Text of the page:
This week, Greater Greater Washington has run a series of posts on the hurdles to implementing through-routed commuter rail services in DC. The technical reasons include many basic incompatibilities between the region’s two commuter railroads (MARC and VRE), ranging from type of locomotion to platform height, as well as the infrastructural shortcomings of DC’s rail infrastructure to handle high frequency transit-like operations.
Lost in the wash, however, is the reason to do this. The reasons are two-fold: First, through-routed service expands the transit network relatively inexpensively, offering mobility benefits to current and future riders. Second, such a service (and the technical changes required to implement it) help solve some of the other challenges of DC’s commuter rail network (such as insufficient storage capacity at Union Station for trains to layover mid-day). Through-running is both a means to an end as well as an end itself.
This isn’t exactly a new concept, as it has been raised in numerous places over the years:
- MARC Growth and Investment Plan
- VRE Strategic Plan
- Greater Washington Board of Trade Study (from a GGW commenter)
Plus the southern intentions of intercity rail:
- Amtrak’s HSR vision and the SE HSR corridor
- Amtrak’s NEC master plan
- Virginia’s desire for expanded rail service
None of these plans hints at even the possibility of the kind of S-Bahn integration potential that through-routing unlocks.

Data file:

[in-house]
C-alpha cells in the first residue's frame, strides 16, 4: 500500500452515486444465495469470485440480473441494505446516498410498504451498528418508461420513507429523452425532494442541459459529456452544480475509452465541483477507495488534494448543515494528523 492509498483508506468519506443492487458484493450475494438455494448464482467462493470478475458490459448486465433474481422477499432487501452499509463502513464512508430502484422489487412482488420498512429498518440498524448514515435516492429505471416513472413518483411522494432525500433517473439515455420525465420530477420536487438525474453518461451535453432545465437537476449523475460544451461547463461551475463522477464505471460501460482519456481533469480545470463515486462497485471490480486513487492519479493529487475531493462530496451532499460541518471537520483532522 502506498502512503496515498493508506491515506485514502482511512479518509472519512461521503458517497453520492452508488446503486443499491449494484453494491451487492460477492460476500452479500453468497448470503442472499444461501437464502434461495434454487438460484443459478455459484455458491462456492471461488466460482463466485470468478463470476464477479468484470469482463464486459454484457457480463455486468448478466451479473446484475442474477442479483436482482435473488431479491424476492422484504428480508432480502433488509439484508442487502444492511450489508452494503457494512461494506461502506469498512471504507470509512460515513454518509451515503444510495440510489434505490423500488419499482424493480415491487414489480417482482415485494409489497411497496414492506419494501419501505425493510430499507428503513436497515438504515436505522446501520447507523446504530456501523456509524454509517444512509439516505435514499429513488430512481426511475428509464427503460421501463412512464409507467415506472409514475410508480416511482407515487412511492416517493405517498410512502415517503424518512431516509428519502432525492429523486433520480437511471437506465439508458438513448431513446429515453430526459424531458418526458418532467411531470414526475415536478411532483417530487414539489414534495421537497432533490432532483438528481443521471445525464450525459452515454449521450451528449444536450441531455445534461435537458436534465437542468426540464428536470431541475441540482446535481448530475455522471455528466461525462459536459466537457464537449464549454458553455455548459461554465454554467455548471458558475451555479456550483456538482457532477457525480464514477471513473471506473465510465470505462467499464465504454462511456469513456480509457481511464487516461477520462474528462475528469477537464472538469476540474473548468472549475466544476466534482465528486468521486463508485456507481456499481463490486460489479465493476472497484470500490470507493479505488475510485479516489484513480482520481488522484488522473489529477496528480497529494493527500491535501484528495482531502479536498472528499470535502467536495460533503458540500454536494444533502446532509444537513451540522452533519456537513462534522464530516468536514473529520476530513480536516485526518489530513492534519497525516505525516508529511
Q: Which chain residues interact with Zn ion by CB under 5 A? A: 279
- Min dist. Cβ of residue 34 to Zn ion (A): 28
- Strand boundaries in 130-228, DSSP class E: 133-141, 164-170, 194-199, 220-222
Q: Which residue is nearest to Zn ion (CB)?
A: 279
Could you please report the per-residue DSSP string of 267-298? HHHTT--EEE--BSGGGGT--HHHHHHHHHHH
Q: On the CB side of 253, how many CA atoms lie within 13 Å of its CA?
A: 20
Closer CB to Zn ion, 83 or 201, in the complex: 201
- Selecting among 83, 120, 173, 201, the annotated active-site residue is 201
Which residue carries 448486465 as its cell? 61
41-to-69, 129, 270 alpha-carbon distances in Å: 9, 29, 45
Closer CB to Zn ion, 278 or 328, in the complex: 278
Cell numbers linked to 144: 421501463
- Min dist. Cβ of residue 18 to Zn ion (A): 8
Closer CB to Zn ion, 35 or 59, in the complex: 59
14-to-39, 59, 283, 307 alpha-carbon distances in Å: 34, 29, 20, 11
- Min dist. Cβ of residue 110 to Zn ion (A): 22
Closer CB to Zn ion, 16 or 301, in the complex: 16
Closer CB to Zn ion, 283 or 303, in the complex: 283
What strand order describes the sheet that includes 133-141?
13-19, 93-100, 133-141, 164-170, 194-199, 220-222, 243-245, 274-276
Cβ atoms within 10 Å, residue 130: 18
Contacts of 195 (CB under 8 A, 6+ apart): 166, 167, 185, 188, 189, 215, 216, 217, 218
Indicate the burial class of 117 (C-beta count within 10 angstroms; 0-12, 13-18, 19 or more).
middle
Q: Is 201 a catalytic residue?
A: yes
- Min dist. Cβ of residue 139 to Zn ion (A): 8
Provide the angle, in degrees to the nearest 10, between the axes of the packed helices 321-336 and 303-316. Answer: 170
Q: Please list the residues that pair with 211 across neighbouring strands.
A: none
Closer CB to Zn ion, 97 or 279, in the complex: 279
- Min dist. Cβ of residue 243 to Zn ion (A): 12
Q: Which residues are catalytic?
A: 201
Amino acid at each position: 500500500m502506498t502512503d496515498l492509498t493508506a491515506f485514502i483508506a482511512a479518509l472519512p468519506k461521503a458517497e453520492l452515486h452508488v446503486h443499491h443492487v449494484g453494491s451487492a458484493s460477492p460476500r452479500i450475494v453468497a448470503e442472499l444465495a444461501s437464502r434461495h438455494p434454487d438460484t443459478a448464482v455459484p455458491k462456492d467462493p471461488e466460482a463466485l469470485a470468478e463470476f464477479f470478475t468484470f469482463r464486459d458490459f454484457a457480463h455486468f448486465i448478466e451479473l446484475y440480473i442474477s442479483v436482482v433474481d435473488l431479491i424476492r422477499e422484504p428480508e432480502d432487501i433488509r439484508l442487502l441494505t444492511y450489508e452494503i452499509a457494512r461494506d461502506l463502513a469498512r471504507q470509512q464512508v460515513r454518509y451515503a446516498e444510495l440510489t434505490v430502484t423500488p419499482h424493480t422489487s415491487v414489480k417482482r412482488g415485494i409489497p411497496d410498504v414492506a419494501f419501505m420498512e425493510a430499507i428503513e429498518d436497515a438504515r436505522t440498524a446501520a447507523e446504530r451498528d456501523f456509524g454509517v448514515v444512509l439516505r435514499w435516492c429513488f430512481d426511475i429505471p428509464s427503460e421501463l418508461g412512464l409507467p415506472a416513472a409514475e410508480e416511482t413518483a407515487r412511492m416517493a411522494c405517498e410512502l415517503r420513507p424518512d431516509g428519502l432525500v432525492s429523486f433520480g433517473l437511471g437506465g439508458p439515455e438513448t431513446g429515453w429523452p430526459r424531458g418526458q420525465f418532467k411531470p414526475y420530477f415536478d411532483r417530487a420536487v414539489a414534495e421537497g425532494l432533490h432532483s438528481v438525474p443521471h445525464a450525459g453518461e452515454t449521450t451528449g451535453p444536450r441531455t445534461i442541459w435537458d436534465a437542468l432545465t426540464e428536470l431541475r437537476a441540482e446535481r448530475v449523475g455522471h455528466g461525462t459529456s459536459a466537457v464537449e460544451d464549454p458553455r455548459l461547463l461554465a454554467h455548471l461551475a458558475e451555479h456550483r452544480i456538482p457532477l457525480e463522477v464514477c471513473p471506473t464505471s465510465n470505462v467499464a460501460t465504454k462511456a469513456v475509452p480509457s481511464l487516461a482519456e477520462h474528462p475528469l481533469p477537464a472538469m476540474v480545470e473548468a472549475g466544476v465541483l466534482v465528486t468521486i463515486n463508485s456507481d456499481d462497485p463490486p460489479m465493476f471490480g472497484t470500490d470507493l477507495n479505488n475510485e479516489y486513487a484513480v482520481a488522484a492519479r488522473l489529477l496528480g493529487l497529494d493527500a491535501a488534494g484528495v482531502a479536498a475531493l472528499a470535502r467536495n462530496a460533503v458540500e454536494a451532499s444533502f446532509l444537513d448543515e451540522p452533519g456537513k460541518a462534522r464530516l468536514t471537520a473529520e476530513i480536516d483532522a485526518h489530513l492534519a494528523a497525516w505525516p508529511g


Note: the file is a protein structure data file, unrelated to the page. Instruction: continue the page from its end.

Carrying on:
The goal should be to turn the core of DC’s commuter rail network into a system like Germany’s S-Bahns (touched on previously here and here). David Alpert essentially suggested the same thing with his conception of the ‘Metro Express.’ The level of service would be more like rapid transit than commuter rail. The geographic extent might not be as expansive as the current commuter rail network (there’s no sense in running rapid transit to Martinsburg, WV) but those outer extensions could easily be serviced by a service that mirrors today’s commuter rail. The core of the network (say, to Woodbridge in the south, Manassas in the west, Germantown or even Frederick to the north, and Baltimore to the east) would see higher frequencies, through-routed service, and all-day, full week service.
One common characteristic of S-Bahns is the use of interlining and shared tracks in the core of the system (this Wiki diagram illustrates), where interlining produces short headways on the shared portion while the outer parts receive less frequent service due to the branching of the network. The three MARC lines feeding DC, each running on 30 minute headways would combine for 6 tph in the shared segment (Union Station to Alexandria).
VRE’s timetable shows Alexandria-L’Enfant at about 17 minuntes; Alexandria-Union Station at about 25 minutes. There’s room for massive improvement here – Metro’s trip planner shows King Street to Union Station (Yellow to Red) as 20 minutes on Yellow, 4 minutes on Red; King Street to L’Enfant Plaza is the same 17 minutes on the Yellow line.
Give a DC S-Bahn transit-like service and that can be reduced. Electric multiple unit trains would accelerate faster; level boarding and more frequent service would shorten station dwells; etc. Then, the commuter rail infrastructure would function as a key part of the region’s rapid transit network.